Powers of Sri. Vadagalai--- Lakshmi has equal power with Sriman Narayana to grant liberation. In other words she too can serve as the Goal and the Means, one can therefore surrender to Sri only Tengalai- Sriman Narayana alone has the power to grant liberation. Sri is the Universal Reconciler, the Mediatrix between the jivas and Sriman Narayana. She is not fully divine and therefore being a jiva herself, she has a natural affinity and compassion for the jiva. She also has an intimate relationship with the Lord and therefore is in a position to influence Him to grant liberation but she herself cannot do it.

  1. Concerning God’s Grace (Prasada).

Vadagalai Divine Grace is co-operative, that is; it is earned through the performance of acts of merit (punya), it comes as a reward for the self-initiated efforts made by the spiritual aspirant. Sriman Narayana can use any excuse He chooses for bestowing Grace, but it does not come completely freely without some good deed on the part of the individual, however slight it may be

Tengalai Divine Grace is irresistible it is the free gift from Sriman Narayana given to whomsoever He may choose. It cannot be earned in anyway through any form of spiritual or worldly practice such as good works, charity, sacrifice, worship, study etc. But we do agree that Sriman Narayana does use yadrccha sukrta (accidental good works*) as an excuse for bestowing grace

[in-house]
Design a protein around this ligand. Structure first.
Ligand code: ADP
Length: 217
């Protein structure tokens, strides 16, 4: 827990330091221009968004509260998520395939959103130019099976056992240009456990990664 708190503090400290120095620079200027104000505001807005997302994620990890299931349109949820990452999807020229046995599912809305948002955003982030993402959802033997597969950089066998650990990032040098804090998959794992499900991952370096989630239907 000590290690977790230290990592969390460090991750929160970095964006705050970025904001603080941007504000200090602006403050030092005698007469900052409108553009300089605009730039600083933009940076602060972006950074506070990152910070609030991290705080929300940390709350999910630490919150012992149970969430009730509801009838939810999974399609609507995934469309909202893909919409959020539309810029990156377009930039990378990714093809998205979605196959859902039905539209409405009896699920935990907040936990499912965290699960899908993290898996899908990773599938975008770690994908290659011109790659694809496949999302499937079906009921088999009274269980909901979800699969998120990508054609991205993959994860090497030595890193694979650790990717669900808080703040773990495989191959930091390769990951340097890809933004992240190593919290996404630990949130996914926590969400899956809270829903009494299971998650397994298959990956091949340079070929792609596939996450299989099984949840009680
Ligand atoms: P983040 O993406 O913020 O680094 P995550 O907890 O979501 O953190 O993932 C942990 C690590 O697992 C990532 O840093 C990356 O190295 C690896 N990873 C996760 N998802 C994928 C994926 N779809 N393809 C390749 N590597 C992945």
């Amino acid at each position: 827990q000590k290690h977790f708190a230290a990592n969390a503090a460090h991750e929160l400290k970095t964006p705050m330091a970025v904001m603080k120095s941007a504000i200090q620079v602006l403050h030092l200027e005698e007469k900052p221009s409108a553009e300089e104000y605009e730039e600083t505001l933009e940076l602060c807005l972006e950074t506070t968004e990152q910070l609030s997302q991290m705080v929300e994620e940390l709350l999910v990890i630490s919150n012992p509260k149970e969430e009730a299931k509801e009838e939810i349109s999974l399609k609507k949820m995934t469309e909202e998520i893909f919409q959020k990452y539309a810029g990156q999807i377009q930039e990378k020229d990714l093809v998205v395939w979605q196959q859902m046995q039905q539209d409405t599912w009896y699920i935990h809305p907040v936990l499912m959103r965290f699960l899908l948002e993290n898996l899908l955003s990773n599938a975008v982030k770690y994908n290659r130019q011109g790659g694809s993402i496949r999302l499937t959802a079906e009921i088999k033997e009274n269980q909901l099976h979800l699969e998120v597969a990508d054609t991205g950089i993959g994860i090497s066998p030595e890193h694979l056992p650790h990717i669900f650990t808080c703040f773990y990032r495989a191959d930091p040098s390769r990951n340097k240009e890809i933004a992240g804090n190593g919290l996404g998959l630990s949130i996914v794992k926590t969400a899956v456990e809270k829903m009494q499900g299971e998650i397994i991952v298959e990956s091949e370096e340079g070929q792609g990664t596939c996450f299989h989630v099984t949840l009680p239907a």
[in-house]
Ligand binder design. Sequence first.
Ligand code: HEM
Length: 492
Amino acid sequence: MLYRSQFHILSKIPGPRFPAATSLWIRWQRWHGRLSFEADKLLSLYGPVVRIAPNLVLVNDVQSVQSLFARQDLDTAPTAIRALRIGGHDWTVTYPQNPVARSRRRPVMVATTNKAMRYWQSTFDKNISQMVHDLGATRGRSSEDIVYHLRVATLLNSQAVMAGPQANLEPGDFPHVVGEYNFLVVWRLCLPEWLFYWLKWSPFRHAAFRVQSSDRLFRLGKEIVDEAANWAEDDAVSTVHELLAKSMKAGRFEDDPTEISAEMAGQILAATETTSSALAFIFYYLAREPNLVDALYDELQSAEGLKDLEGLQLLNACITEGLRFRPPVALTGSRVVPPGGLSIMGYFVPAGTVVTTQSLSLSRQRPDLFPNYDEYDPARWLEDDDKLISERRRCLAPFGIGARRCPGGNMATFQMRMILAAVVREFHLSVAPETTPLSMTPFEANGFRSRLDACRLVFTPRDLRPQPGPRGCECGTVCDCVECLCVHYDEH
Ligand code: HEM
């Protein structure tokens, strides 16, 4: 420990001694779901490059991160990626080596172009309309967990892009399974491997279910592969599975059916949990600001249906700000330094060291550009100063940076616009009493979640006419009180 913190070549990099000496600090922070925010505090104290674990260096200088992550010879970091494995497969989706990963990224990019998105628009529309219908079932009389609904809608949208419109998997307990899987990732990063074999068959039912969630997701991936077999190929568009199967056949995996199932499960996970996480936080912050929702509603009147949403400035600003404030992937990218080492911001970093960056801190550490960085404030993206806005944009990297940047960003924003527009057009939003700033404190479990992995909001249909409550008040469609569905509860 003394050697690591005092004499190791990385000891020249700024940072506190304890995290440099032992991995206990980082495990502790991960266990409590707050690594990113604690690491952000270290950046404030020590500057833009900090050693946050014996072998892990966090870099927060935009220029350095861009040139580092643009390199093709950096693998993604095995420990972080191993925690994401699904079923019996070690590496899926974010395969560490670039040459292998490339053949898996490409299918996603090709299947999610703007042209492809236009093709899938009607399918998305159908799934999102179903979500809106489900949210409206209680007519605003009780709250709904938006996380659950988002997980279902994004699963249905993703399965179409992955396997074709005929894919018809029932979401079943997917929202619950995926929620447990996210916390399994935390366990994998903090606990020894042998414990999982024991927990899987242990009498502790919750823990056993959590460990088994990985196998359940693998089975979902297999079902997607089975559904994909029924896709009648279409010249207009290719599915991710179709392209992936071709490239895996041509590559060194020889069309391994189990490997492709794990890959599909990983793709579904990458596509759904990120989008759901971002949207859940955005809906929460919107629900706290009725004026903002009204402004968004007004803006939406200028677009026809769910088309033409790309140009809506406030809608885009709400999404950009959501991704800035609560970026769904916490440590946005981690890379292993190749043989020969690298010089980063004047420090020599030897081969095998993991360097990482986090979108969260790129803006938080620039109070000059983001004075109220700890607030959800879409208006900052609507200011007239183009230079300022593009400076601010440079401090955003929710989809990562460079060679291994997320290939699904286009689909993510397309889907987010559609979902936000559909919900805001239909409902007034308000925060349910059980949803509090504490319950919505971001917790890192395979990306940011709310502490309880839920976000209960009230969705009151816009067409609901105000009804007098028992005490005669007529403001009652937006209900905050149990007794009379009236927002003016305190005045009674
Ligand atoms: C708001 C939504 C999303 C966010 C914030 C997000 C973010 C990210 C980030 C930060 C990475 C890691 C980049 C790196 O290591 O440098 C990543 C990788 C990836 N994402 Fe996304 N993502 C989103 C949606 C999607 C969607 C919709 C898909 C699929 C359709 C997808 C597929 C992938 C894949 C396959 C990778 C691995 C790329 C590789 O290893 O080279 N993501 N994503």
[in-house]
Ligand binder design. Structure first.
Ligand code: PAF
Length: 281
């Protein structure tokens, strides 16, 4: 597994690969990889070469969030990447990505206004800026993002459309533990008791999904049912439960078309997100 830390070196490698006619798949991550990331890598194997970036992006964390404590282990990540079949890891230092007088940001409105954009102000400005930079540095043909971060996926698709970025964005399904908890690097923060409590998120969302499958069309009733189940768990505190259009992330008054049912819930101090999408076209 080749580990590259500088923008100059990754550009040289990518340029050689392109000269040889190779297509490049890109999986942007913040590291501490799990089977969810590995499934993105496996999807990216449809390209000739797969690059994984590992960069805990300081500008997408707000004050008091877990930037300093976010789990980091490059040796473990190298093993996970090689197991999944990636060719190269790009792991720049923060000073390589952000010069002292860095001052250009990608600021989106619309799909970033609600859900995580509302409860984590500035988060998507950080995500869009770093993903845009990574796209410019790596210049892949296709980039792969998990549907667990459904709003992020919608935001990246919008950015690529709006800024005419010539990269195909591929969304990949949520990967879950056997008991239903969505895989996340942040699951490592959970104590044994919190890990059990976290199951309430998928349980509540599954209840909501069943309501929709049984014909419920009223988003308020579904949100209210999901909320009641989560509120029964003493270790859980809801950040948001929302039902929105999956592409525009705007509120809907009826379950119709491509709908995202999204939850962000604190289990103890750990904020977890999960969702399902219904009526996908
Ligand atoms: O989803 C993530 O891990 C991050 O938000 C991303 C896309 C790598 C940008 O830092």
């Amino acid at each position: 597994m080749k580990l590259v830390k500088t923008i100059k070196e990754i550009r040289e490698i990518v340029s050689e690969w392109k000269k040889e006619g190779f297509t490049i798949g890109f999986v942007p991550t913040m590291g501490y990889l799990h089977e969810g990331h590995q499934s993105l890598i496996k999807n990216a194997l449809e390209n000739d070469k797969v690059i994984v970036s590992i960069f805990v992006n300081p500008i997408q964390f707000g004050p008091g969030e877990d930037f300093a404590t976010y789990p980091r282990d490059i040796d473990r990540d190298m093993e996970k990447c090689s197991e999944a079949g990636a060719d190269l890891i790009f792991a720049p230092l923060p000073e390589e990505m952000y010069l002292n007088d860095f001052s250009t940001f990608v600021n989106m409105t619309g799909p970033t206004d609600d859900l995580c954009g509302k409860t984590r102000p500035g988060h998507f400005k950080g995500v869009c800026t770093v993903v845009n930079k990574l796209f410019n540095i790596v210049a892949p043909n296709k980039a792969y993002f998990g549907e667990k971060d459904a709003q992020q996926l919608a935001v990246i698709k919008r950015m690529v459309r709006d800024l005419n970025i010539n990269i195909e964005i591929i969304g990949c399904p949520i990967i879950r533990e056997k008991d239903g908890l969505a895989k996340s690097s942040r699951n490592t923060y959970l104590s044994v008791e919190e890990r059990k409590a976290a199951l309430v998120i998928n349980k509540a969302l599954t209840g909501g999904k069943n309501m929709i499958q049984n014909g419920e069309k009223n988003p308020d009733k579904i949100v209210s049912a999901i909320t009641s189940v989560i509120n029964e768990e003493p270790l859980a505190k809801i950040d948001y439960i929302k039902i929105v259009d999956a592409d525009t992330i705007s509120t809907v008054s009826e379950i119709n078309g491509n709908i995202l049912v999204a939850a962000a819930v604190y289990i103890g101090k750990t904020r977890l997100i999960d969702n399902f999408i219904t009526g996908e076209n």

Concerning God’s “Maternal” Love (vatsalya).

Vadagalai -Sriman Narayana’s maternal love (vatsalya) for the jiva means that He turns a blind eye to one’s faults and ignores the transgressions one has committed (dosha-adarshitvam). Although He also continues to ignores all the transgressions committed after Prapatti, He still requires some atonement and administers some form of light punishment to the errant prapannan

Tengalai -The maternal love of Sriman Narayana is so overpowering that He actually relishes (as it were) the faults and errors of the jiva (dosha-bhogyatvam), because they present Him with a pretext (vyaja) for showing more compassion and forgiveness. There is no need for atonement for transgressions committed after Prapatti.